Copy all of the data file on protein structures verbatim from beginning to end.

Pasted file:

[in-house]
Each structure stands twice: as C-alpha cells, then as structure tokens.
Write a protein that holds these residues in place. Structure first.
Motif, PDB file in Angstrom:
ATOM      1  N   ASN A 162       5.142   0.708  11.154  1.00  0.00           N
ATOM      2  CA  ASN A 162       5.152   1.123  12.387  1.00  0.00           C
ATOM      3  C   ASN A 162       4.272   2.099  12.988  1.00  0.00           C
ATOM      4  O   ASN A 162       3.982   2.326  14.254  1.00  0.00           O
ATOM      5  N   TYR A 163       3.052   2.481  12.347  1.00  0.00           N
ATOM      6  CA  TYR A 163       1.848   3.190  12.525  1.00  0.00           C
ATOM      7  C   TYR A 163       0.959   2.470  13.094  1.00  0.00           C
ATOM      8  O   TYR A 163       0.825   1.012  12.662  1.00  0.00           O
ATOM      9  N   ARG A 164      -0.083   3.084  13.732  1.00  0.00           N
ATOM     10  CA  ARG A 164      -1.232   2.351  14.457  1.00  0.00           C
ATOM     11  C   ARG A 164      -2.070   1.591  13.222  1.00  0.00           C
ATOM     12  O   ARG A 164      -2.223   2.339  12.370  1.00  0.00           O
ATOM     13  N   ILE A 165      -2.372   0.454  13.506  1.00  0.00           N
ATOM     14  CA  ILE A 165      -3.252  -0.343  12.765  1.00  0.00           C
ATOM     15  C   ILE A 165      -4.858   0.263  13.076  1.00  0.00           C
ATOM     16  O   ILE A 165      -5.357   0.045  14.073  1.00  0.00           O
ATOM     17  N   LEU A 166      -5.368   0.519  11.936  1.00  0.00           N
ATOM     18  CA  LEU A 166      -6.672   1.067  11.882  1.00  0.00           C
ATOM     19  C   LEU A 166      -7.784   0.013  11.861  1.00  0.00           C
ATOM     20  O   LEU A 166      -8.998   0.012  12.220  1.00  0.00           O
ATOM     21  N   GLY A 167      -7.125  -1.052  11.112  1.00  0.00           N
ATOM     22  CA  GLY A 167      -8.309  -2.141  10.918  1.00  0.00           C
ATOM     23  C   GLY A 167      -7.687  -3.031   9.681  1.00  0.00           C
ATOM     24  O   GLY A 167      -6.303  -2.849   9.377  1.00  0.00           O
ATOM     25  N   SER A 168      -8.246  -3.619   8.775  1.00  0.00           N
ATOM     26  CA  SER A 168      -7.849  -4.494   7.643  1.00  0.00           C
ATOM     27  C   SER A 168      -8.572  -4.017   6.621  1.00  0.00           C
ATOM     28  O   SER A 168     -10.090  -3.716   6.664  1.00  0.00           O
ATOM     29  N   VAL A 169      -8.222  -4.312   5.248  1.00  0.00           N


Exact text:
[in-house]
Each structure stands twice: as C-alpha cells, then as structure tokens.
Write a protein that holds these residues in place. Structure first.
Motif, PDB file in Angstrom:
ATOM      1  N   ASN A 162       5.142   0.708  11.154  1.00  0.00           N
ATOM      2  CA  ASN A 162       5.152   1.123  12.387  1.00  0.00           C
ATOM      3  C   ASN A 162       4.272   2.099  12.988  1.00  0.00           C
ATOM      4  O   ASN A 162       3.982   2.326  14.254  1.00  0.00           O
ATOM      5  N   TYR A 163       3.052   2.481  12.347  1.00  0.00           N
ATOM      6  CA  TYR A 163       1.848   3.190  12.525  1.00  0.00           C
ATOM      7  C   TYR A 163       0.959   2.470  13.094  1.00  0.00           C
ATOM      8  O   TYR A 163       0.825   1.012  12.662  1.00  0.00           O
ATOM      9  N   ARG A 164      -0.083   3.084  13.732  1.00  0.00           N
ATOM     10  CA  ARG A 164      -1.232   2.351  14.457  1.00  0.00           C
ATOM     11  C   ARG A 164      -2.070   1.591  13.222  1.00  0.00           C
ATOM     12  O   ARG A 164      -2.223   2.339  12.370  1.00  0.00           O
ATOM     13  N   ILE A 165      -2.372   0.454  13.506  1.00  0.00           N
ATOM     14  CA  ILE A 165      -3.252  -0.343  12.765  1.00  0.00           C
ATOM     15  C   ILE A 165      -4.858   0.263  13.076  1.00  0.00           C
ATOM     16  O   ILE A 165      -5.357   0.045  14.073  1.00  0.00           O
ATOM     17  N   LEU A 166      -5.368   0.519  11.936  1.00  0.00           N
ATOM     18  CA  LEU A 166      -6.672   1.067  11.882  1.00  0.00           C
ATOM     19  C   LEU A 166      -7.784   0.013  11.861  1.00  0.00           C
ATOM     20  O   LEU A 166      -8.998   0.012  12.220  1.00  0.00           O
ATOM     21  N   GLY A 167      -7.125  -1.052  11.112  1.00  0.00           N
ATOM     22  CA  GLY A 167      -8.309  -2.141  10.918  1.00  0.00           C
ATOM     23  C   GLY A 167      -7.687  -3.031   9.681  1.00  0.00           C
ATOM     24  O   GLY A 167      -6.303  -2.849   9.377  1.00  0.00           O
ATOM     25  N   SER A 168      -8.246  -3.619   8.775  1.00  0.00           N
ATOM     26  CA  SER A 168      -7.849  -4.494   7.643  1.00  0.00           C
ATOM     27  C   SER A 168      -8.572  -4.017   6.621  1.00  0.00           C
ATOM     28  O   SER A 168     -10.090  -3.716   6.664  1.00  0.00           O
ATOM     29  N   VAL A 169      -8.222  -4.312   5.248  1.00  0.00           N